Brazos Valley Cotton Oil Mill

Waco’s rapid development established it as one of the most significant urban centers of the South by the late nineteenth century. Home to one of the longest-spanning suspension bridges in the country, the once small frontier town owed a great portion of its success to the cotton industry. The strong agricultural tradition established by Stephen F. Austin and Waco’s earliest settlers in the mid-nineteenth century flourished into an international trade system. Farmers grew, ginned, and shipped this “white gold” not only throughout Texas, but also to Europe, South America, and India. Waco reigned in the South as the “King of Cotton” until the onset of the Great Depression.

By 1900, cottonseed was second only to lumber as the most important cash crop in Texas. Mills sprang up all over the state as Texas established itself as the leading processor of cottonseed in the nation, and one of the largest suppliers of cooking oil, vegetable shortening, margarine, and salad oil—byproducts of cottonseed oil.

On January 29, 1910, J. T. Davis established Brazos Valley Cotton Oil, Inc., in Waco. The main operations of the company took place at a mill located on the block between Webster Avenue and Jackson Avenue in the heart of Waco’s business district.

From its onset, the locally owned mill contributed enormously to the economic wealth of the city by purchasing thousands of tons of cottonseed annually from farmers, and employing up to seventy-five men. The railway ran adjacent to the mill, bringing in shipments of cotton from local gins in order to be processed. Workers then extracted oil from the cottonseed to be used for both culinary and industrial purposes. After the mill’s completely modernized machinery processed the seed, the oil was shipped all over the world. In order to prevent unnecessary waste, the mill sold unused meal as cattle feed.

Davis grew the company quickly, and by 1924 had already acquired a second company, the Valley Mills Cotton Oil Company. Though the Great Depression marked the decline of Waco’s cotton industry, business at the cotton oil mill continued for many years. The firm faced several setbacks in the mid-twentieth century, such as the fire which erupted in the mill in 1943, destroying the hull house and mixed feed plant. Yet operations continued, and even flourished. By 1950, workers completed construction on the two 120-foot-tall silos which today are noted as some of Waco’s most notable landmarks.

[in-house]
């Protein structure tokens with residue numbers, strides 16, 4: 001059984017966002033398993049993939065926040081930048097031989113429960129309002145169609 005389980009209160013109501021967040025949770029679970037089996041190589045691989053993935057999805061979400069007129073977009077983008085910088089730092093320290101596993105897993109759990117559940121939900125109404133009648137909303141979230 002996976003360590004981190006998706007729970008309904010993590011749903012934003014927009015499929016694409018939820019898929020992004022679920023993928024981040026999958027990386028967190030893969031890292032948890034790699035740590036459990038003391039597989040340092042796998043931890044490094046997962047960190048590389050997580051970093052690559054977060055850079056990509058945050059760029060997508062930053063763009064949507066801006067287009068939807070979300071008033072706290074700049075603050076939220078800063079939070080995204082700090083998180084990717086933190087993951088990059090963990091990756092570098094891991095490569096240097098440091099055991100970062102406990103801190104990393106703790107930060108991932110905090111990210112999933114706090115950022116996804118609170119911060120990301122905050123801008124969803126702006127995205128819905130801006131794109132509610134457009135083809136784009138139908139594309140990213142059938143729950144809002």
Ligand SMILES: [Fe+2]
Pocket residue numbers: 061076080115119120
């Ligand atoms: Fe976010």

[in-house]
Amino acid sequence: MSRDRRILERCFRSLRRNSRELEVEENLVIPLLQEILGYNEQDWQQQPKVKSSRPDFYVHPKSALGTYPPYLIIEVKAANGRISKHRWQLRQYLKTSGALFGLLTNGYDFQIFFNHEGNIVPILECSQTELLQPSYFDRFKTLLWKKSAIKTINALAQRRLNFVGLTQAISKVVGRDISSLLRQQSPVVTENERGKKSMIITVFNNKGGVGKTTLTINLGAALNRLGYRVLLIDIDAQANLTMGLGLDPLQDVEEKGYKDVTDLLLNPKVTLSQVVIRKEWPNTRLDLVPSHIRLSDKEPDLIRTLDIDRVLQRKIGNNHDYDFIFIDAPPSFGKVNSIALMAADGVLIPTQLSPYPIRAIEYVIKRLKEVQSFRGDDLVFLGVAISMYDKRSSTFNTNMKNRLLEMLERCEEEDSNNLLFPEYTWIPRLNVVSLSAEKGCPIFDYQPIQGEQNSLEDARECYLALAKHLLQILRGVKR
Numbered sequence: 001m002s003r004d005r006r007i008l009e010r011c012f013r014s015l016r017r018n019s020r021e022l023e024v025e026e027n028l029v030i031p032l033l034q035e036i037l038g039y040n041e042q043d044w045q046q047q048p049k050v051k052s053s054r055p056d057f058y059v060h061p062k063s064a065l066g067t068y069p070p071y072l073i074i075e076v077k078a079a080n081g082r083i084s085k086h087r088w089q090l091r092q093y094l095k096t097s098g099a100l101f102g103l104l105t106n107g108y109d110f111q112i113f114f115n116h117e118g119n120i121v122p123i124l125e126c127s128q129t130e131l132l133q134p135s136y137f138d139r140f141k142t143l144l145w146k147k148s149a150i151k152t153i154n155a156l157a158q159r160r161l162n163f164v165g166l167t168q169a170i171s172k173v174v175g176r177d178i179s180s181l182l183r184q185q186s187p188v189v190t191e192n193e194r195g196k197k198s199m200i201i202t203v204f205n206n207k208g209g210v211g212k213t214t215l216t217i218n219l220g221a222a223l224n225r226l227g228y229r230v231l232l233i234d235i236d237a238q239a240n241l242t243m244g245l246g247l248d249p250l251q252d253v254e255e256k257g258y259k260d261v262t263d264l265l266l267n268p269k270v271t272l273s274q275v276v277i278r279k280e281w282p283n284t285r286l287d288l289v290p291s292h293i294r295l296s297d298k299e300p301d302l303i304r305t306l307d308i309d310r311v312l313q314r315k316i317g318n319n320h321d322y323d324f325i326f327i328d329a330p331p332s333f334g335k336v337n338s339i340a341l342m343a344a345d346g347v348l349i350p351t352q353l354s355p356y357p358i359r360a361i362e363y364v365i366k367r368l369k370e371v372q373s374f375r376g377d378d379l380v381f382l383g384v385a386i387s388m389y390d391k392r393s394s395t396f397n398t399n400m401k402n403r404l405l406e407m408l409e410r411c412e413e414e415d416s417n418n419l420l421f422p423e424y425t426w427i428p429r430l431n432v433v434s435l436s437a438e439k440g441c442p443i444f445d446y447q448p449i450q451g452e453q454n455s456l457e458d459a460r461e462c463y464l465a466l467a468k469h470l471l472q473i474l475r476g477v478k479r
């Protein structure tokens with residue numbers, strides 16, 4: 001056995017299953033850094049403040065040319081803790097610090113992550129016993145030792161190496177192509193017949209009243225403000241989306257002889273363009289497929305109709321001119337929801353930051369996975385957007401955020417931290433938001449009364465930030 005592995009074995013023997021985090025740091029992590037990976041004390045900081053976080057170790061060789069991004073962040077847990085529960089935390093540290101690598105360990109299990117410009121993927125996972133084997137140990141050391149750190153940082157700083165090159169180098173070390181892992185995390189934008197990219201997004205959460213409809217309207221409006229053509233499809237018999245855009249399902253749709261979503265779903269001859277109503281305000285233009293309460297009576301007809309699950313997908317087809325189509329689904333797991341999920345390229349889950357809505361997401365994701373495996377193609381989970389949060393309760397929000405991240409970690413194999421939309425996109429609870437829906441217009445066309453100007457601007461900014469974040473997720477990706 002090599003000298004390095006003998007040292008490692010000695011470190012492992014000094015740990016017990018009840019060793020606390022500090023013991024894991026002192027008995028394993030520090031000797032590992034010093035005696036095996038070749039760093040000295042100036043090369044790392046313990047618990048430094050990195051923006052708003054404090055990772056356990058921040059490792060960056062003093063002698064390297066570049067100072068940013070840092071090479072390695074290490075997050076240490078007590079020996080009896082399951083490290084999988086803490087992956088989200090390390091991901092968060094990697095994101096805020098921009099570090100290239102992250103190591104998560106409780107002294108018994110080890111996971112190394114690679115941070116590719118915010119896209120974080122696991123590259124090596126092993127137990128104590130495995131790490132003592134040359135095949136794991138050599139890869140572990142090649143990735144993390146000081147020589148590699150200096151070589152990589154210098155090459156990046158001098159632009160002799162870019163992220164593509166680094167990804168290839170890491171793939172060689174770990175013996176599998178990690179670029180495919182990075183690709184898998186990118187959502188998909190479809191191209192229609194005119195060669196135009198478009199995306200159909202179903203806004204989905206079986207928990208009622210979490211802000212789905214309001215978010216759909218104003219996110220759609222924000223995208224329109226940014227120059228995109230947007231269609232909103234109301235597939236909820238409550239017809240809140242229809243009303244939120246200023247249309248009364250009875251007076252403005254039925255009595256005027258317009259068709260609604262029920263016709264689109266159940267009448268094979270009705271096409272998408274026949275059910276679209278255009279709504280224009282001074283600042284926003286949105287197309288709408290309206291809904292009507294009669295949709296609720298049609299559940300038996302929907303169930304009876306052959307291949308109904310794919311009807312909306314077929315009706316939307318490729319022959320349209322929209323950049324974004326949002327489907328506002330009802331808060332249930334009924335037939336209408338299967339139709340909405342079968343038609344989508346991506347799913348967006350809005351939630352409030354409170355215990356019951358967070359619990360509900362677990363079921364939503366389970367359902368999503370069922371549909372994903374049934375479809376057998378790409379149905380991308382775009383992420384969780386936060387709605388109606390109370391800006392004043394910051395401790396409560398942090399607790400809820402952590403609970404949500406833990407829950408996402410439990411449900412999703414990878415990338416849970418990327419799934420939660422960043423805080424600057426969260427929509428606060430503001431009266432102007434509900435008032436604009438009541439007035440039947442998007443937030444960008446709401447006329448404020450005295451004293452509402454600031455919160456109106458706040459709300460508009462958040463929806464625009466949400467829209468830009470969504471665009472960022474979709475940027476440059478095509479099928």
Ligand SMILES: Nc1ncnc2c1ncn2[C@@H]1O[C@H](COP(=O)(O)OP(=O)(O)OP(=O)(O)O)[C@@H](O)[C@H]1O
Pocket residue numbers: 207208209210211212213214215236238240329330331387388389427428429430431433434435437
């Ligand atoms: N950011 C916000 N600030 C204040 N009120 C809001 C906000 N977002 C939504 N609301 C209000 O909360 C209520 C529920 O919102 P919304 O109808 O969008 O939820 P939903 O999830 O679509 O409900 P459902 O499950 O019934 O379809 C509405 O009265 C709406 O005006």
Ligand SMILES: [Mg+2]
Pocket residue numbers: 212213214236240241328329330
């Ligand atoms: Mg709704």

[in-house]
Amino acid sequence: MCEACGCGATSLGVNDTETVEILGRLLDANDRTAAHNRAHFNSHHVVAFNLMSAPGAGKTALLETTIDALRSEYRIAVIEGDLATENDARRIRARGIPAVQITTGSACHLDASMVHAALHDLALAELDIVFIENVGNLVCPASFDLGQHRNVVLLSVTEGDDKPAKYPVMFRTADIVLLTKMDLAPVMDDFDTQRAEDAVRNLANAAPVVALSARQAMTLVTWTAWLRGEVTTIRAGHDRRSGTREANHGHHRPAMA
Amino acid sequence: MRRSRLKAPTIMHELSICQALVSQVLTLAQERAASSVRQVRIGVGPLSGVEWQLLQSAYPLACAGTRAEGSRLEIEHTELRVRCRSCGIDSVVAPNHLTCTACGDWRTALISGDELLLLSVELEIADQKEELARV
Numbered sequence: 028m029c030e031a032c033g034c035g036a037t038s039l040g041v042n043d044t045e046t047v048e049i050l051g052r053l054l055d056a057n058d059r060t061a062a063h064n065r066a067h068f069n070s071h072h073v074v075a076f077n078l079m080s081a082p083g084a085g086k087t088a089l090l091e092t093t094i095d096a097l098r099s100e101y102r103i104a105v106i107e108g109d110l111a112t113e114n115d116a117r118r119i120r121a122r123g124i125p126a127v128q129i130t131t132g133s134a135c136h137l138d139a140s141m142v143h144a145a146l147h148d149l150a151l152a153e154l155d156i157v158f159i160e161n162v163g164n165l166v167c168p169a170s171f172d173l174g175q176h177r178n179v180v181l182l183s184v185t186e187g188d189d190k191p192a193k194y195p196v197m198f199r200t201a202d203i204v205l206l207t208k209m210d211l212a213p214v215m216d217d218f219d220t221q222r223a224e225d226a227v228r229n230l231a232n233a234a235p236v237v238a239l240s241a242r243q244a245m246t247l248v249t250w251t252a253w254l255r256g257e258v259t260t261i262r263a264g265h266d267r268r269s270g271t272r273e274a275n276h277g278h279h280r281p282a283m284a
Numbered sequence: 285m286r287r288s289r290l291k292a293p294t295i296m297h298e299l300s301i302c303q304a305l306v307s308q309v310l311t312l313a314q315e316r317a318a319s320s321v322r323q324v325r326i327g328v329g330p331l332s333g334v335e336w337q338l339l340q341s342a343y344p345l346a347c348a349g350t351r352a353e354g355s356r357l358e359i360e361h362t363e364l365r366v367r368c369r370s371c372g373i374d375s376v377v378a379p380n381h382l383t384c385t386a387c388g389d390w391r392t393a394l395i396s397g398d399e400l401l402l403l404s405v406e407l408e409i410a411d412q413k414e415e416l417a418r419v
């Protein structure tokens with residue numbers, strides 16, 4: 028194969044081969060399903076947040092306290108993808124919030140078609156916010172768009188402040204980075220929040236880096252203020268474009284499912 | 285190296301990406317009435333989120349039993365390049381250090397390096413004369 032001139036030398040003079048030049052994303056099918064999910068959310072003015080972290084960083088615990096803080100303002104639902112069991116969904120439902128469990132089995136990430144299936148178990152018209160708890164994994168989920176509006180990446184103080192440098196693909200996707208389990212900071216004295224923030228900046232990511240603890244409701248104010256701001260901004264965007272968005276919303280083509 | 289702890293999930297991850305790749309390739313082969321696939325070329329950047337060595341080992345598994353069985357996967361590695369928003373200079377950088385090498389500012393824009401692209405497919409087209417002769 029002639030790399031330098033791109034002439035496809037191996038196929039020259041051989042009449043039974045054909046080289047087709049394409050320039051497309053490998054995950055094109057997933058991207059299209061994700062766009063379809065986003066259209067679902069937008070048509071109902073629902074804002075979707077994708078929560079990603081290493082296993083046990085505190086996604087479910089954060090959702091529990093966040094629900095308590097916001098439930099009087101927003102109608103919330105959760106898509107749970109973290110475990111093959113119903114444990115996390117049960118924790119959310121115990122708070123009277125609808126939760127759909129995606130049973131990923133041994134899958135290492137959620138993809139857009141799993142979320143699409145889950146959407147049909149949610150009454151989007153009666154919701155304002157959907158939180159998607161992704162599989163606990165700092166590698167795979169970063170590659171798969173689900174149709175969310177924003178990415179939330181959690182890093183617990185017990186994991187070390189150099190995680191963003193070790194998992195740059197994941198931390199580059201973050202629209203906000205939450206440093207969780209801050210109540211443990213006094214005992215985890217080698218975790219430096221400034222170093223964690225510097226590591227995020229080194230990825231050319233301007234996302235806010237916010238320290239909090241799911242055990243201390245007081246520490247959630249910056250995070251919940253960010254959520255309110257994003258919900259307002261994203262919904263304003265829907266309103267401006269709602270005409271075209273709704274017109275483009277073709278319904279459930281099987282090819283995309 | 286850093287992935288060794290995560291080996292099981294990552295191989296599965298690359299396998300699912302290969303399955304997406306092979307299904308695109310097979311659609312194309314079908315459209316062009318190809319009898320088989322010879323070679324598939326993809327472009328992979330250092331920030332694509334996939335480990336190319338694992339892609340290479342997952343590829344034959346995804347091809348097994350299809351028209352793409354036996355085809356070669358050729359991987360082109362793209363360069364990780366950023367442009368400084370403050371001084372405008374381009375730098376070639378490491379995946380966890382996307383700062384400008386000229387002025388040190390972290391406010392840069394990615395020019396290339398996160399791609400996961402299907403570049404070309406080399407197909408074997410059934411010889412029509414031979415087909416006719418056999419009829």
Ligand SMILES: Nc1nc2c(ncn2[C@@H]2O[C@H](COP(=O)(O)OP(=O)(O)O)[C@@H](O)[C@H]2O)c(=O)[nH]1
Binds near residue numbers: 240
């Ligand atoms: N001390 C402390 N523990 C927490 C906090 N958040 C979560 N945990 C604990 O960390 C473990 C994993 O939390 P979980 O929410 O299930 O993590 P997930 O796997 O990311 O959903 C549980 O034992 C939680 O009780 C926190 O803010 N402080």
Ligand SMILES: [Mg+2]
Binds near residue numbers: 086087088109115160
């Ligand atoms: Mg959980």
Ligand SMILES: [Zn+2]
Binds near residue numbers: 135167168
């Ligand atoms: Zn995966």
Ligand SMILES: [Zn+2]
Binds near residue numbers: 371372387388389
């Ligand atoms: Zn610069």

The latter half of the century saw a turn in the cotton mill’s fortunes. A serious drought followed by widespread Central Texas flooding in 1957 led to sporadic production, and in September the Small Business Administration granted the Brazos Valley Cotton Oil Company a disaster loan. However, the firm was unable to recover, and in July of 1958, stockholders sold the company to David C. Blintliff Interests of Houston. In the mid-1960s, ownership of the plant changed hands again, and the mill served as a storage facility for JPM Feeds. The facility sat vacant in the 1990s, although the Murphys, owners of JPM Feeds, retained ownership of the property.

In 2014, well-known television personalities and Wacoans Chip and Joanna Gaines purchased the mill from Gary Murphy with a vision to restore and repurpose the historic site. After receiving approval from the city, the pair began construction work on Magnolia Market, a $1.4 million project which was completed in October of 2015. Though the festival marketplace offers modern additions such as a retail showroom, a monthly antique and craft market, and a food truck court, the Gaineses are working to retain the historic integrity of the site through efforts such as the preservation of the original silos.

For nearly half a century, the mill bolstered Waco’s economy through its support of local farmers, provision of jobs, and international commerce. Today, the adaptive reuse and preservation efforts of the Gaineses ensure that the mill will retain this role at the heart of the city’s economic development for many years to come. 

Images

Brazos Valley

Brazos Valley

This early photograph of the Brazos Valley Cotton Oil Company shows the mill long before the construction of the two enormous silos which today serve as city landmarks. Though a smaller company at that point, the mill still contirbuted signifiantly to the city's economy through its support of local farmers. | Source: Image courtesy of the Texas Collection, Baylor University View File Details Page